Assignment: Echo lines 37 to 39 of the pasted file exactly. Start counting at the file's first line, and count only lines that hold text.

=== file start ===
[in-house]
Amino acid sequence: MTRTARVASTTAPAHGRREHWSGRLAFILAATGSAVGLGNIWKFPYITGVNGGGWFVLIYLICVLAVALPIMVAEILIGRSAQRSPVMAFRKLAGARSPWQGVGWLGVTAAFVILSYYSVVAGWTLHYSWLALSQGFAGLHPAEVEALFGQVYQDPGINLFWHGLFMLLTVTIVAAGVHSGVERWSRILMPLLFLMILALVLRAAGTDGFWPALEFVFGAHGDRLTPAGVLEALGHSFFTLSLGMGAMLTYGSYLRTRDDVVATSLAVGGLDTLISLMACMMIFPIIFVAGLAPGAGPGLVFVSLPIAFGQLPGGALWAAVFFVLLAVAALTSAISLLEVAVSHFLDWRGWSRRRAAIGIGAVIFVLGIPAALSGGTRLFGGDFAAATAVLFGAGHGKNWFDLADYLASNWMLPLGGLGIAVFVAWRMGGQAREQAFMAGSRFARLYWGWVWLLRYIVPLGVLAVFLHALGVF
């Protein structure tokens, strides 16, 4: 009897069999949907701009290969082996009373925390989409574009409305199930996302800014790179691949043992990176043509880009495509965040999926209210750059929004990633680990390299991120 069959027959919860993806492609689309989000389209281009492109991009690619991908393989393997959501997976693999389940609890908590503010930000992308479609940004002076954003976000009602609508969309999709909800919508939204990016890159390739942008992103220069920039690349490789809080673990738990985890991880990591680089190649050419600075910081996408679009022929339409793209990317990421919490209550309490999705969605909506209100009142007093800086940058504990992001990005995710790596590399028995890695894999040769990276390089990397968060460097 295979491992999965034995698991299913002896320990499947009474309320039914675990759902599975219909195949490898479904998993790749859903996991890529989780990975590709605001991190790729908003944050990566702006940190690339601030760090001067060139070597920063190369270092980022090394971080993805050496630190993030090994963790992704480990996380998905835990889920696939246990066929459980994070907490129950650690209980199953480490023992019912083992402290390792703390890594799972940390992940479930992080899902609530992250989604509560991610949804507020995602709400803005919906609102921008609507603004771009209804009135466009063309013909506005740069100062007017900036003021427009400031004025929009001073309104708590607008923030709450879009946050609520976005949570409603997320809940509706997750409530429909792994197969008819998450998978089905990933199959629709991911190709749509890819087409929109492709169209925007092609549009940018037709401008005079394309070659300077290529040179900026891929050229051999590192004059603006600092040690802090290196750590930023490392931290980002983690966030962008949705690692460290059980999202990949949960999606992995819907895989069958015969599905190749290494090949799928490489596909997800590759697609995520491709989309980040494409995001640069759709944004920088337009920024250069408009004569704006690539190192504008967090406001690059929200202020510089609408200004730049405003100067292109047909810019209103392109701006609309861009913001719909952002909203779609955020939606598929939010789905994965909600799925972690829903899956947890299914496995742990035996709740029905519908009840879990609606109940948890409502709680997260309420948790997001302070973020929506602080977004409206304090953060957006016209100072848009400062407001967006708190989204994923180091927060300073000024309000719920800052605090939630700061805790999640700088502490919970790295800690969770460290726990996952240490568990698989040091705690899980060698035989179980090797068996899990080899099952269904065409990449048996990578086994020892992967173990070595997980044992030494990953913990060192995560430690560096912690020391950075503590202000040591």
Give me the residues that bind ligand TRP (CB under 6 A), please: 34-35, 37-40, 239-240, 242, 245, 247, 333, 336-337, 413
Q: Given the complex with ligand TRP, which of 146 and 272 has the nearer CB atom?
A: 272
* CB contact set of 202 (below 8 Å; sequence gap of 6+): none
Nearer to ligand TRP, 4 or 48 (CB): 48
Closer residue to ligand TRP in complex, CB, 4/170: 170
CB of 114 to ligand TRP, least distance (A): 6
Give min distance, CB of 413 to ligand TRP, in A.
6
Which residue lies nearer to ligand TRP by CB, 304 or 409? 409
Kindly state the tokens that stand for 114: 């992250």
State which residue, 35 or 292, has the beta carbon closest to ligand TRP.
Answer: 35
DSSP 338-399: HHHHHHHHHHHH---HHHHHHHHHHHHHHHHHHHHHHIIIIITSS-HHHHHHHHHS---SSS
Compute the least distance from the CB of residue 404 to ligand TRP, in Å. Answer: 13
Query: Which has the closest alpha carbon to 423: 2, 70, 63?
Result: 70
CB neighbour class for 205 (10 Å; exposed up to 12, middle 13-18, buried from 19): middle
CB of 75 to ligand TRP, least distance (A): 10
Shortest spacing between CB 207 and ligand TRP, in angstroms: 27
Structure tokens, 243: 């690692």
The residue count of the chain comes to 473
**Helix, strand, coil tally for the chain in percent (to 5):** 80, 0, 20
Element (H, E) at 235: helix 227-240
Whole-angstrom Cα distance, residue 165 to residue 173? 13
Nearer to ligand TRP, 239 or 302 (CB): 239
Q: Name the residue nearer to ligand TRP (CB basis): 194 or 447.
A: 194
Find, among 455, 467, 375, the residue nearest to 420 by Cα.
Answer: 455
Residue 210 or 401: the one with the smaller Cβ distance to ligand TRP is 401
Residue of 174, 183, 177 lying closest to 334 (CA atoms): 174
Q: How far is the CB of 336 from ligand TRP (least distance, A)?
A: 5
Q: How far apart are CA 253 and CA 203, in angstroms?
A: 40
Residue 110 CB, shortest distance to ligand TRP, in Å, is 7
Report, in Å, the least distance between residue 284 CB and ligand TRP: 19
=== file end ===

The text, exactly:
A: 5
Q: How far apart are CA 253 and CA 203, in angstroms?
A: 40